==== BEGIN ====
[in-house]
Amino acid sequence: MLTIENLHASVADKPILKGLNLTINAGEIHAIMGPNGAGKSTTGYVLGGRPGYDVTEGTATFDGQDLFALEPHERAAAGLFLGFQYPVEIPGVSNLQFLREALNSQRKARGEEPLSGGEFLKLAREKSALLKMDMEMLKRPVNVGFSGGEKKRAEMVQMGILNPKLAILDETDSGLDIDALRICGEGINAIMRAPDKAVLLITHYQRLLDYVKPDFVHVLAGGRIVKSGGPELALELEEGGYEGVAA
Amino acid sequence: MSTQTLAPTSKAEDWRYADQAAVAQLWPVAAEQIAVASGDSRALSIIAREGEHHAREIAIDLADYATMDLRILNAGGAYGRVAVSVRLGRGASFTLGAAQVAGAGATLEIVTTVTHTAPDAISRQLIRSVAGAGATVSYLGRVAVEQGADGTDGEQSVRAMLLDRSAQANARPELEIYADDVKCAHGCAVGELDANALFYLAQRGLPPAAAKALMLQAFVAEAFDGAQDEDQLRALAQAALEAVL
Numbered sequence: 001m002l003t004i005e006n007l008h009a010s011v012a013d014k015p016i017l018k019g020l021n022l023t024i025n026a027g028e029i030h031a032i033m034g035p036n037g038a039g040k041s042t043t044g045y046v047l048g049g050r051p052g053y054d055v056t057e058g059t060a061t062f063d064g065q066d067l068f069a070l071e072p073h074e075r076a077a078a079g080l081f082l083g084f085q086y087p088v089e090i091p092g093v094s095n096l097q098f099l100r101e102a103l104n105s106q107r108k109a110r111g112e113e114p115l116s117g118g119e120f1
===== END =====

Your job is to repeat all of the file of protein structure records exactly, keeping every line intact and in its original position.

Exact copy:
[in-house]
Amino acid sequence: MLTIENLHASVADKPILKGLNLTINAGEIHAIMGPNGAGKSTTGYVLGGRPGYDVTEGTATFDGQDLFALEPHERAAAGLFLGFQYPVEIPGVSNLQFLREALNSQRKARGEEPLSGGEFLKLAREKSALLKMDMEMLKRPVNVGFSGGEKKRAEMVQMGILNPKLAILDETDSGLDIDALRICGEGINAIMRAPDKAVLLITHYQRLLDYVKPDFVHVLAGGRIVKSGGPELALELEEGGYEGVAA
Amino acid sequence: MSTQTLAPTSKAEDWRYADQAAVAQLWPVAAEQIAVASGDSRALSIIAREGEHHAREIAIDLADYATMDLRILNAGGAYGRVAVSVRLGRGASFTLGAAQVAGAGATLEIVTTVTHTAPDAISRQLIRSVAGAGATVSYLGRVAVEQGADGTDGEQSVRAMLLDRSAQANARPELEIYADDVKCAHGCAVGELDANALFYLAQRGLPPAAAKALMLQAFVAEAFDGAQDEDQLRALAQAALEAVL
Numbered sequence: 001m002l003t004i005e006n007l008h009a010s011v012a013d014k015p016i017l018k019g020l021n022l023t024i025n026a027g028e029i030h031a032i033m034g035p036n037g038a039g040k041s042t043t044g045y046v047l048g049g050r051p052g053y054d055v056t057e058g059t060a061t062f063d064g065q066d067l068f069a070l071e072p073h074e075r076a077a078a079g080l081f082l083g084f085q086y087p088v089e090i091p092g093v094s095n096l097q098f099l100r101e102a103l104n105s106q107r108k109a110r111g112e113e114p115l116s117g118g119e120f1